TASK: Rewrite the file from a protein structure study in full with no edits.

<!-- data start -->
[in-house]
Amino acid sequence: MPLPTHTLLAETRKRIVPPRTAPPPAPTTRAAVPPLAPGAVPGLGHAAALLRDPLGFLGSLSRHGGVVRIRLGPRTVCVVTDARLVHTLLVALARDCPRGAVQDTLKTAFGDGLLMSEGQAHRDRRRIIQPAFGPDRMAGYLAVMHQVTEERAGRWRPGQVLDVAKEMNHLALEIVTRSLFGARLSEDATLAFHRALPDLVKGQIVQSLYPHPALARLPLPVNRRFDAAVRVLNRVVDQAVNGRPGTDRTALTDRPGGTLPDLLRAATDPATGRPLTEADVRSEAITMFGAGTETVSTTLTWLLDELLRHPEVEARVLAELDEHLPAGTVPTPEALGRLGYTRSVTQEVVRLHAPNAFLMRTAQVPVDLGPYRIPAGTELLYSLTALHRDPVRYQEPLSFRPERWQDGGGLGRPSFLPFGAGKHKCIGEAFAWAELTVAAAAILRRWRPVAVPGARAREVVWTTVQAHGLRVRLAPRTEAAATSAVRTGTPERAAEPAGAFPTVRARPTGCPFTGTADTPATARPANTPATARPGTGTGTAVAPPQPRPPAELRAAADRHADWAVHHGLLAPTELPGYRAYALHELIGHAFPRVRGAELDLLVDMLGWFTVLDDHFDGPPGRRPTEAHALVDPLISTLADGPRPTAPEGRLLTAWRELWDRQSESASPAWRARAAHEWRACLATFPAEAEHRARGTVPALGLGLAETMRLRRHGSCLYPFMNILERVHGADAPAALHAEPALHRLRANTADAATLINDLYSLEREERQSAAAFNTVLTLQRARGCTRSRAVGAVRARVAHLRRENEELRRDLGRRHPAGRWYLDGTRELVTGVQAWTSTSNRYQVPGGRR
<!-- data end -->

[in-house]
Amino acid sequence: MPLPTHTLLAETRKRIVPPRTAPPPAPTTRAAVPPLAPGAVPGLGHAAALLRDPLGFLGSLSRHGGVVRIRLGPRTVCVVTDARLVHTLLVALARDCPRGAVQDTLKTAFGDGLLMSEGQAHRDRRRIIQPAFGPDRMAGYLAVMHQVTEERAGRWRPGQVLDVAKEMNHLALEIVTRSLFGARLSEDATLAFHRALPDLVKGQIVQSLYPHPALARLPLPVNRRFDAAVRVLNRVVDQAVNGRPGTDRTALTDRPGGTLPDLLRAATDPATGRPLTEADVRSEAITMFGAGTETVSTTLTWLLDELLRHPEVEARVLAELDEHLPAGTVPTPEALGRLGYTRSVTQEVVRLHAPNAFLMRTAQVPVDLGPYRIPAGTELLYSLTALHRDPVRYQEPLSFRPERWQDGGGLGRPSFLPFGAGKHKCIGEAFAWAELTVAAAAILRRWRPVAVPGARAREVVWTTVQAHGLRVRLAPRTEAAATSAVRTGTPERAAEPAGAFPTVRARPTGCPFTGTADTPATARPANTPATARPGTGTGTAVAPPQPRPPAELRAAADRHADWAVHHGLLAPTELPGYRAYALHELIGHAFPRVRGAELDLLVDMLGWFTVLDDHFDGPPGRRPTEAHALVDPLISTLADGPRPTAPEGRLLTAWRELWDRQSESASPAWRARAAHEWRACLATFPAEAEHRARGTVPALGLGLAETMRLRRHGSCLYPFMNILERVHGADAPAALHAEPALHRLRANTADAATLINDLYSLEREERQSAAAFNTVLTLQRARGCTRSRAVGAVRARVAHLRRENEELRRDLGRRHPAGRWYLDGTRELVTGVQAWTSTSNRYQVPGGRR